Part 3 of the series already, finally time to go in some technical details. I'll start with the first attempt on the application, in which we made some bad decisions and where the technology failed us. In production only, of course...

Technologies & Components

ASP.NET Core Web Application with React.js

A Teams app is in essence just a website that is loaded inside the Microsoft Teams application (web, desktop and now even mobile). We ended up going for an ASP.NET Core Web Application with React.js front end, due to various reasons:

It provided us with a way to serve up the application integrated within Microsoft Teams AND as a standalone website. This was particularly important because there was no Tenant Apps Catalog yet, and no official mention if and when it would come. It was an educated guess, so we developed with side-loading and launched with just a website.

Authentication was another key point that was giving us trouble. Most of the samples for tab authentication talk about using the MSAL.js library, but there were two major issues (then, not sure about now):

  • MSAL didn't support a "silent" authentication flow. Users are already logged in into the Microsoft Teams application and we didn't want them to re-login specifically for our application.
  • MSAL only allowed giving consent for Microsoft Graph, but we had other components (like an Azure Function) to which we wanted access from the application.

We had no choice but ADAL.js to have both use cases covered. Lucky, there was one sample covering this but only for Node.js applications. It was a challenge to transform this to a strong-typed, Typescript based React.js application.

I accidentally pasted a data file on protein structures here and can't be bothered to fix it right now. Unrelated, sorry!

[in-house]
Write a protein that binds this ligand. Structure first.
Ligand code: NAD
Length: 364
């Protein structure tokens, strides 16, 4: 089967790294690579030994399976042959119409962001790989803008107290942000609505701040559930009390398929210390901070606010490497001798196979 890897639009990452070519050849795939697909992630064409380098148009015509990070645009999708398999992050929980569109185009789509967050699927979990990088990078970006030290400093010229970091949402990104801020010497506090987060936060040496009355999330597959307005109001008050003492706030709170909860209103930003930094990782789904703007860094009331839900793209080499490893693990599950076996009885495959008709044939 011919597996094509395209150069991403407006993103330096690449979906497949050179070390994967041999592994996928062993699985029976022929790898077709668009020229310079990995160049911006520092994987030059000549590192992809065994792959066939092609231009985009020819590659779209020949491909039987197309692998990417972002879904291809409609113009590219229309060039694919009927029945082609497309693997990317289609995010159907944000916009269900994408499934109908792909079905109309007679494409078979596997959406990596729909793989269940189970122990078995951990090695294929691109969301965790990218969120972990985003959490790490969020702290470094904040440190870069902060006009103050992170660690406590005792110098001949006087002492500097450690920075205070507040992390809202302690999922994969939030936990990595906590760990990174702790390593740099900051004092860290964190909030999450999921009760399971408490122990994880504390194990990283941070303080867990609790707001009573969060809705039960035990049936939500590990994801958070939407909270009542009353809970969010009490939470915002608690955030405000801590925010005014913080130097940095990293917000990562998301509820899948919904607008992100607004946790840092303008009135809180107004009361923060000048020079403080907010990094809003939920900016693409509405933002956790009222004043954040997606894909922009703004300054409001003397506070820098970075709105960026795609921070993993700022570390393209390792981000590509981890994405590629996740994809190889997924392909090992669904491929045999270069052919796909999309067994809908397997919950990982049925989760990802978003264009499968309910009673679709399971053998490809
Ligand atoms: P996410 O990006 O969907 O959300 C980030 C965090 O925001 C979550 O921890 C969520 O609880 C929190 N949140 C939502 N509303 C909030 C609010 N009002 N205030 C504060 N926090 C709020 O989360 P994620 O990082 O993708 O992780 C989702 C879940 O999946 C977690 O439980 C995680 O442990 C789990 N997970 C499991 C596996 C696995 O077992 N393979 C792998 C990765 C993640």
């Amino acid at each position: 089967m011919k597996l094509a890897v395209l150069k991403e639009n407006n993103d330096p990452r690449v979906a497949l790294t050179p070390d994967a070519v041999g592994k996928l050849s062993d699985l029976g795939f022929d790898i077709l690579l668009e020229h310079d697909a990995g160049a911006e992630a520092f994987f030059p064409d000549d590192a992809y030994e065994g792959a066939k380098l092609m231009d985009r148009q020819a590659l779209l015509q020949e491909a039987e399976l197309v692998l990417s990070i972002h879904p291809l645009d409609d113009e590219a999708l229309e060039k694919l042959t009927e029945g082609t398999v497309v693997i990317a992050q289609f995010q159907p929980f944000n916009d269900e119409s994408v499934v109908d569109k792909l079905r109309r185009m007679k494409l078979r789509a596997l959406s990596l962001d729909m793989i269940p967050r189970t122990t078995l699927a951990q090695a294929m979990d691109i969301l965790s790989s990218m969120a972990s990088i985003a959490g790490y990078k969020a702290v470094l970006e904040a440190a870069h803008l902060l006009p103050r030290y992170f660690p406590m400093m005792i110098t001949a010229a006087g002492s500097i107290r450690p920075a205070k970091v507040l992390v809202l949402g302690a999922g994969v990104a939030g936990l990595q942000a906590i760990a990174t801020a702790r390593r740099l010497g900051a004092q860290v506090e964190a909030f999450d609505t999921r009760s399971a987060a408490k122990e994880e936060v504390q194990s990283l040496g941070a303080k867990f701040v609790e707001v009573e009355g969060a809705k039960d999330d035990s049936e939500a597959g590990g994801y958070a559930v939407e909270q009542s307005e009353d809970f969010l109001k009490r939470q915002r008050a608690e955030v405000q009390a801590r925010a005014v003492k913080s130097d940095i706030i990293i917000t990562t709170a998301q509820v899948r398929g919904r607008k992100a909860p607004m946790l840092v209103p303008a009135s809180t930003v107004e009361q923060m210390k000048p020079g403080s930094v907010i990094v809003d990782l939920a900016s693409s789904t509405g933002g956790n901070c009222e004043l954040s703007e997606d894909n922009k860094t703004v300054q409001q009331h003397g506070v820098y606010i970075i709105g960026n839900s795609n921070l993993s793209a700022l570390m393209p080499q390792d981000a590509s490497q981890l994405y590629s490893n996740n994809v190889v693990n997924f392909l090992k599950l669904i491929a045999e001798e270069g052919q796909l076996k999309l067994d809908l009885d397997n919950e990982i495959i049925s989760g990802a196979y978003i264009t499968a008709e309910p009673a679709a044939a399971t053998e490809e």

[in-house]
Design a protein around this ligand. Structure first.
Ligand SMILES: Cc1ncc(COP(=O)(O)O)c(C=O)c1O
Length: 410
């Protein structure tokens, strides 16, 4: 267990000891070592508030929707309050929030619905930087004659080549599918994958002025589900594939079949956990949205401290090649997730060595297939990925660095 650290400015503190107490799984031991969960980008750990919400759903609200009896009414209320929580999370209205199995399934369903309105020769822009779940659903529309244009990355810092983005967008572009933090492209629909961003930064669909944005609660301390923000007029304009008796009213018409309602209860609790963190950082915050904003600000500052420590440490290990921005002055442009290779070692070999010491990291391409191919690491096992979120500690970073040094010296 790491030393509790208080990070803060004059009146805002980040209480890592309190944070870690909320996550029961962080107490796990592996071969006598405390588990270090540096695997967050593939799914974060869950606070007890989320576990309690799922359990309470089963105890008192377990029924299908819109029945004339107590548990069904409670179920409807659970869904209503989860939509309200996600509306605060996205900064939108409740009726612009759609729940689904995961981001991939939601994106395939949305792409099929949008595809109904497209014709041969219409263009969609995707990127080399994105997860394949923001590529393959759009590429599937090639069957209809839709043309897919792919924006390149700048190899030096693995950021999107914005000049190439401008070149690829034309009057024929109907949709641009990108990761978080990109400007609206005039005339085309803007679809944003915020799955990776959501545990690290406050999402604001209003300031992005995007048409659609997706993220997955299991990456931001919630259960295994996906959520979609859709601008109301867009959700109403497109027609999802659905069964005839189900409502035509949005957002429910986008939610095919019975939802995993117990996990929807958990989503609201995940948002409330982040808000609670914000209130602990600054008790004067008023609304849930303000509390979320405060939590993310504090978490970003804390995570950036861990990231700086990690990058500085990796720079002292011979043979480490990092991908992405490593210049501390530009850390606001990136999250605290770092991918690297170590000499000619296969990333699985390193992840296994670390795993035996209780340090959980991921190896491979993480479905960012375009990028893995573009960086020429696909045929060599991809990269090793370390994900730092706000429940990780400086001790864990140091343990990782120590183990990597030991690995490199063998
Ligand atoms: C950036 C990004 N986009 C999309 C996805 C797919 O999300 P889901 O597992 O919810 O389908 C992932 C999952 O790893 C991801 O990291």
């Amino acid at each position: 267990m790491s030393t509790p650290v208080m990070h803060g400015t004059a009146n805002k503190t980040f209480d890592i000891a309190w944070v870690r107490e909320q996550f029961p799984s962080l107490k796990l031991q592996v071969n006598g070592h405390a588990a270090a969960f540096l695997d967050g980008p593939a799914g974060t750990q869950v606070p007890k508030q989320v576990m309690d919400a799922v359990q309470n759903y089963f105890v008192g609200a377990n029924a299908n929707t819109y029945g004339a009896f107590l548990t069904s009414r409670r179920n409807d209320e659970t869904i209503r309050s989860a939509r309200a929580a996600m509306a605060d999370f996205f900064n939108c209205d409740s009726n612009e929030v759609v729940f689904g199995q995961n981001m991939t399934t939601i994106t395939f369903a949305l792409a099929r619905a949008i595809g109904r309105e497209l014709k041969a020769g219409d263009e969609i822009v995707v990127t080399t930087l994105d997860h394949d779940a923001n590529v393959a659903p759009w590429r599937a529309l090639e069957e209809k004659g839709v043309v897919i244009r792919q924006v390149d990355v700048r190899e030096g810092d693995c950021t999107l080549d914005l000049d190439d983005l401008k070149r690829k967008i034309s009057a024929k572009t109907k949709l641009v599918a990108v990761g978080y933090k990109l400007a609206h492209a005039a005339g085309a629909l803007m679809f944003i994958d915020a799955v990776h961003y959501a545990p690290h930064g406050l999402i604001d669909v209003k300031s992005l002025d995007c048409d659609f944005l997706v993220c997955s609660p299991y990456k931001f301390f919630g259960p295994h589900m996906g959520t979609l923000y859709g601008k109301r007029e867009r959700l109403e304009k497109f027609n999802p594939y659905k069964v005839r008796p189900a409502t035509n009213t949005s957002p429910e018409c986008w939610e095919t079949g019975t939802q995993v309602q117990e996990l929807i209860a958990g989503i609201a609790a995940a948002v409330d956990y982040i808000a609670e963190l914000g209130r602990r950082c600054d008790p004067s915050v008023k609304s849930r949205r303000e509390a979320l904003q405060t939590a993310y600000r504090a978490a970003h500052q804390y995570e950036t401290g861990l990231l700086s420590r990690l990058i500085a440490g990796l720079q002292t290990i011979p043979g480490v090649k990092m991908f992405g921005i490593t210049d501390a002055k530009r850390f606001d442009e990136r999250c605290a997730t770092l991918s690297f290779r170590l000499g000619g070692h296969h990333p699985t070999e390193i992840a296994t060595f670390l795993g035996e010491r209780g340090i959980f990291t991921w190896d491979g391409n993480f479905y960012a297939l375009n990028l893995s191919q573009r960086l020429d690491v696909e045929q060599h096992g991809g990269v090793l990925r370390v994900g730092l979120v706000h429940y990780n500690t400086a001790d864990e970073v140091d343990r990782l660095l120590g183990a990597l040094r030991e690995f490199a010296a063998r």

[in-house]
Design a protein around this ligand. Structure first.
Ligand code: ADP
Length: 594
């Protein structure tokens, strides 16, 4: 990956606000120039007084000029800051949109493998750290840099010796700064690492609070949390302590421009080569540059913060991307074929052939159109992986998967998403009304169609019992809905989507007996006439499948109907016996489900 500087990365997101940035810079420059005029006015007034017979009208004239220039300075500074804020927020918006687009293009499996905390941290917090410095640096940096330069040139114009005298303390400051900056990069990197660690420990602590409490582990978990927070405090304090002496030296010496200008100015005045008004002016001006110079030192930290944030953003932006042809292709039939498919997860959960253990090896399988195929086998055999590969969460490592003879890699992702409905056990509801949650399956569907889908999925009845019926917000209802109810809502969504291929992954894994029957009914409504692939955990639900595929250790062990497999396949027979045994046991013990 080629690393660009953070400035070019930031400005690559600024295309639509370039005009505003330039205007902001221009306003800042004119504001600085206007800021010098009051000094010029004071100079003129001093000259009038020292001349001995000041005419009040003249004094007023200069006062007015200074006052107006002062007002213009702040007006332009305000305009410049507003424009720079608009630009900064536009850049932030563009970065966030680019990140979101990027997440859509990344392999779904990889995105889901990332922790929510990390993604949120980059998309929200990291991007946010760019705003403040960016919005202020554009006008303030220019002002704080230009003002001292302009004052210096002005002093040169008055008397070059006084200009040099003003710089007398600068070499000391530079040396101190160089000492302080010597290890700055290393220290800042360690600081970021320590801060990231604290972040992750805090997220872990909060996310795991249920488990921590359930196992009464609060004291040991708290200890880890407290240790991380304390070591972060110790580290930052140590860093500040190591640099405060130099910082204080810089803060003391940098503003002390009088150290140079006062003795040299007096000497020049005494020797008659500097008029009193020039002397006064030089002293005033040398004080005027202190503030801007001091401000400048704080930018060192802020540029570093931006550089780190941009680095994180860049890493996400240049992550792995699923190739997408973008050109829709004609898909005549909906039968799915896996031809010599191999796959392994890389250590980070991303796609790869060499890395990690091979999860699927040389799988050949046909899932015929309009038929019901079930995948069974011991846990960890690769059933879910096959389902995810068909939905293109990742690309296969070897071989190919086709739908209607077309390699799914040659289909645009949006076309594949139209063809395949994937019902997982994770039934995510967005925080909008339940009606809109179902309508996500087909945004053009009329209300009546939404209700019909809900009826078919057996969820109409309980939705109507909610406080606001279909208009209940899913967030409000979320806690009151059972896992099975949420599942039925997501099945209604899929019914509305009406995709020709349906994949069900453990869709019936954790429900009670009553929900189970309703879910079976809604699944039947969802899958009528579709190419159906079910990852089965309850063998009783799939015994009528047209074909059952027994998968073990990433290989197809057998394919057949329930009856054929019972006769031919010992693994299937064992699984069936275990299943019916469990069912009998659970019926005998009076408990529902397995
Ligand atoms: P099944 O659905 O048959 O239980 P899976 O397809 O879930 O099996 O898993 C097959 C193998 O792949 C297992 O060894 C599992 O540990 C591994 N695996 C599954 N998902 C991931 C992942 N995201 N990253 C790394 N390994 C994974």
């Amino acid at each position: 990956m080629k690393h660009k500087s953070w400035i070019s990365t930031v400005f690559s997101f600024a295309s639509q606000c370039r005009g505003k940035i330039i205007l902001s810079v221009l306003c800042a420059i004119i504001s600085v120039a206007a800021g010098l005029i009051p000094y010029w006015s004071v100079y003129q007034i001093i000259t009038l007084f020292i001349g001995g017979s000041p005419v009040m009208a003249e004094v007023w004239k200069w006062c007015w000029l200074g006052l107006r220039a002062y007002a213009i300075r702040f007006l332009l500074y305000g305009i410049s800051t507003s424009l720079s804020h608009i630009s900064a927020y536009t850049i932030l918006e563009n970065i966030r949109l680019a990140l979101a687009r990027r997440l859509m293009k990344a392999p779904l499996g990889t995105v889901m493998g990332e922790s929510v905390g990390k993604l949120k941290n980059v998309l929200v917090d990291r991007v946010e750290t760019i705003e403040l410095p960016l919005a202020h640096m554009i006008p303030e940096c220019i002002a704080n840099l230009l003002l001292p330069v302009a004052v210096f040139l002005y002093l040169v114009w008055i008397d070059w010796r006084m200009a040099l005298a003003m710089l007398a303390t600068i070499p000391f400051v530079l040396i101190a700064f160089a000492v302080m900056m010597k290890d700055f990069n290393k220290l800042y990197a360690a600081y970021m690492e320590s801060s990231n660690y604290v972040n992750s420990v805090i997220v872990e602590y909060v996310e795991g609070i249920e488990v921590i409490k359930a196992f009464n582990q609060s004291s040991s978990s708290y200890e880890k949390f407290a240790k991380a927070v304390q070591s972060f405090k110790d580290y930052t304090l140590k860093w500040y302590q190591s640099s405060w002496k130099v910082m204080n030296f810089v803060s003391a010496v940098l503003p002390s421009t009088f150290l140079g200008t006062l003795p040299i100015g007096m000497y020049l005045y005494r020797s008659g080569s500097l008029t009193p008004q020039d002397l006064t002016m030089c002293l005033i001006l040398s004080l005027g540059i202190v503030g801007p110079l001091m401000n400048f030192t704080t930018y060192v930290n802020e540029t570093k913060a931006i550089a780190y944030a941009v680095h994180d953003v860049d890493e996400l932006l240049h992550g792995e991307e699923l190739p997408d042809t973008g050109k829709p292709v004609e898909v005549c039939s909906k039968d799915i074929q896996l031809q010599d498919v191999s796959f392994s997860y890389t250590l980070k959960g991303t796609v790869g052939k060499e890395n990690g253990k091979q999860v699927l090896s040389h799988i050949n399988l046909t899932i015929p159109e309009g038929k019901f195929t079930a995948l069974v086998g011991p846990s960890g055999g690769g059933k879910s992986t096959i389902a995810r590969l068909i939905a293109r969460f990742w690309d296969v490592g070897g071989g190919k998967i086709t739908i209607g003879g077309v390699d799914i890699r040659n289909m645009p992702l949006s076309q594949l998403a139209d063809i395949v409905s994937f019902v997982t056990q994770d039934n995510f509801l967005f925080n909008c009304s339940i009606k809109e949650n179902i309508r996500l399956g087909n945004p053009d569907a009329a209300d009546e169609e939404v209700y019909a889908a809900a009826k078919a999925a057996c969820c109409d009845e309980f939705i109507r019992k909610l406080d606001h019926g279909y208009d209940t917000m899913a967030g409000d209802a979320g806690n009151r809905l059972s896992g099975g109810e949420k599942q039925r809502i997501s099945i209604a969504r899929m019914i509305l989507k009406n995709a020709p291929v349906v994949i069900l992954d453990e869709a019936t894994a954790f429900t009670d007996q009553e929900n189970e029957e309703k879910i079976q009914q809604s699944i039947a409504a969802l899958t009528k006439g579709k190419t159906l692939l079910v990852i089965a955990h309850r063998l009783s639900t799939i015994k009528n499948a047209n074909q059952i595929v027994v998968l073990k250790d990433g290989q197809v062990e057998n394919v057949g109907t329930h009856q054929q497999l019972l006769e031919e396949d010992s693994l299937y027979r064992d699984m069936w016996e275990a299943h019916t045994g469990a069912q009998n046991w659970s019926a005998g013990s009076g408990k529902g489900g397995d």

The Microsoft Teams Client SDK is the last important library used in the website. It tries to help with the authentication, but also passes context information from the Microsoft Teams application to your application. It was just available when we started, it seems like a lot has changed already. We mostly used it to get the theme information and made our application be pretty in dark and high contrast modes.

The UI uses the components from the Office UI Fabric React toolkit, with a custom CSS overriding the styles to make them look like they are native to Microsoft Teams (actually 3 CSS's, one for each theme). In the mean time, the App Studio for Microsoft Teams and the associated App Studio Controls got released. They are probably a better choice now.

Our application would post data to an Azure Function and Microsoft Graph, it would use the same Azure Function to get data from Microsoft Graph. We would cache the data it received for performance improvements, and put it in the localStorage of the browser.
Good idea, bad execution. Who knew that localStorage has a size limit? Who would have guessed we'd hit the size limit on day 3 of being in production?
We knew about the size limit, but too late to change it before go live. It was deemed an acceptable risk, we wouldn't hit the limit before we would put out a bug fix release. We were wrong.

Microsoft Flow / Azure Logic App

Initially, we started with Microsoft Flow for the orchestration of the request process. A request for a new Teams team would come in and a Microsoft Flow would orchestrate the provisioning. Very early in the development, we switched to Azure Logic Apps instead.

The biggest reason for switching was the portability of the "workflow". While it was possible with Microsoft Flow, we found the process of exporting and deploying into multiple environments much easier with Logic Apps. It allowed us to store the Logic Apps template into source control and make adjustments through Visual Studio.

The workflow itself was rather simple:

  1. Request comes in, Office 365 Group gets created
  2. Naming conventions get applied
  3. Group gets promoted to a Microsoft Teams team
  4. Owners and Members get added
  5. Specific set of channels gets added
  6. Group expiration policy gets applied

It was so simple that when it failed, there was no way it could recover. Azure Logic Apps have a resubmit functionality, but the flow was only built with a happy path in mind. It's not a good design choice when you depend on external and mostly beta API's, we learned that the hard way.

Microsoft Graph